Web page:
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May 29, 2017 4:50 pm

New York Times Tilts Toward Linda Sarsour in ‘Repulsive’ Story

avatar by Ira Stoll


Linda Sarsour. Photo: Wikimedia Commons.

City University of New York’s School of Public Health has chosen as its commencement speaker a woman who says there is no room in the feminist movement for supporters of Israel. The speaker also supports the movement to boycott, divest, and sanction the Jewish state.

And the New York Times covered the issue with an article depicting the speaker, Linda Sarsour, as the target of “hate-tinged criticism.” The article begins with anonymous threats Sarsour reported receiving, such as, “A good Arab is a dead Arab,” and “You’re getting two bullets in your head.”

The Times coverage has already prompted a heated reaction; an editor at the New York Post, Seth Mandel, described it as a “whitewashing…repulsive. A moral stain.”

The Times didn’t mention Sarsour’s March 2017 interview with the Nation in which she expressed support for the BDS movement and said:

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It just doesn’t make any sense for someone to say, “Is there room for people who support the state of Israel and do not criticize it in the movement?” There can’t be in feminism. You either stand up for the rights of all women, including Palestinians, or none. There’s just no way around it.

The Times coverage of the issue is weird in at least two other respects. Times style is that the word Holocaust is “Uppercase in references to the Nazis’ mass destruction of Jews during World War II.” Yet the Times article about Sarsour used lowercase, in violation of Times style: “Mr. Hikind’s office also circulated a letter signed by 100 holocaust survivors asking Gov. Andrew M. Cuomo to cancel the address.”

Then the Times uses an unnamed rabbi and synagogue to vouch for Sarsour:

Brad Lander, a Democratic city councilman from Brooklyn, described the accusations against Ms. Sarsour as “preposterous,” and pointed to her help in raising money to repair two Jewish cemeteries that were vandalized in St. Louis and Pennsylvania in February.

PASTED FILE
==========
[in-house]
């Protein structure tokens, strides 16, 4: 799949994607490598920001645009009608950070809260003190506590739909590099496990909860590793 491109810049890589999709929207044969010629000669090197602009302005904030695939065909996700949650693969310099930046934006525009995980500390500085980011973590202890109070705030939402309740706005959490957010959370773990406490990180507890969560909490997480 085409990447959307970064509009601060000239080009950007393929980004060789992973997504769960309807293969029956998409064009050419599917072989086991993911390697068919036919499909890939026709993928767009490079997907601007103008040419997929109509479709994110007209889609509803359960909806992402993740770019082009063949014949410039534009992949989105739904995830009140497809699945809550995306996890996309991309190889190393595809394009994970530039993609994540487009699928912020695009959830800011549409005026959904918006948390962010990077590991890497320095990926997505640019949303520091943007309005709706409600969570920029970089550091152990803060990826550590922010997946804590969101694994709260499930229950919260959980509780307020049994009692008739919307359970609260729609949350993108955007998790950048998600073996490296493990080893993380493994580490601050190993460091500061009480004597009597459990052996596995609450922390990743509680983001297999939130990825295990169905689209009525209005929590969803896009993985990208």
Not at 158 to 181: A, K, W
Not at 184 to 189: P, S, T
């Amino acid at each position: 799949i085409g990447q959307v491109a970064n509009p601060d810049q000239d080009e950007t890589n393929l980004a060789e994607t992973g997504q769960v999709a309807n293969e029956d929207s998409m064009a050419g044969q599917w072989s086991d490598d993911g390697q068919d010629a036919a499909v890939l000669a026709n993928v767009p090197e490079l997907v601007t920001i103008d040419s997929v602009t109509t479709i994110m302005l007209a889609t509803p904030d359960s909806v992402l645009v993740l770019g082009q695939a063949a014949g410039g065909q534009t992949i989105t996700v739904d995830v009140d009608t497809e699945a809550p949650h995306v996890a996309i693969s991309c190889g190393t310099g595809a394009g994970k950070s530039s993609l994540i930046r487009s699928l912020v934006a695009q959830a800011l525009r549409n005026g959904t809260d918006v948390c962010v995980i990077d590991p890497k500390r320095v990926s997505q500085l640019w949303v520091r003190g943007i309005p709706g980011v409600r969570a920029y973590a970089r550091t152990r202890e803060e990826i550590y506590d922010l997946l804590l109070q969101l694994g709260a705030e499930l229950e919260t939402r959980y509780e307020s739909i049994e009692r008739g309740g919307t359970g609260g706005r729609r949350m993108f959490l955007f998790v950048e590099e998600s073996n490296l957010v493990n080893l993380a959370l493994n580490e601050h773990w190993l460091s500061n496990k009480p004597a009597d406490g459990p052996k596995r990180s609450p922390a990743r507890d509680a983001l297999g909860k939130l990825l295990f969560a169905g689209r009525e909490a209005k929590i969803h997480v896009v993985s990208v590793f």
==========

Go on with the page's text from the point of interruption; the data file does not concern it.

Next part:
“She’s been in my synagogue,” he said. “She and my rabbi are friends. There’s no doubt that part of what this is is backlash against the idea of having a Palestinian-American as a visible leader and inheritor of the civil rights movement.”

He added, “One terrible feature of the Trump regime is that it threatens to tribalize all of us.”

The Times doesn’t say what synagogue Lander attends or who the rabbi is. But coverage elsewhere has identified it as Kolot Chayeinu, a congregation known even in the left-leaning precincts of Park Slope for its hospitality to anti-Zionist or non-Zionist congregants. The congregation’s website says, “We believe that Jews have an obligation to grapple with the many issues and emotions connected to our historic attachment to Israel and the current political situation in Israel and Palestine. While we join Jews everywhere in facing Jerusalem while we pray, we have no consensus on political solutions nor their philosophical underpinnings.” Its longtime rabbi, Ellen Lippmann, posted on Facebook for Jerusalem Day, inviting congregants to join her at a “protest” at the Israeli consulate against “50 years of occupation.” She quoted a statement, which claimed, “For the past fifty years, both Israelis and Palestinians have been enslaved to an occupation that harms both parties,” and she made no reference to the reunification of Jerusalem.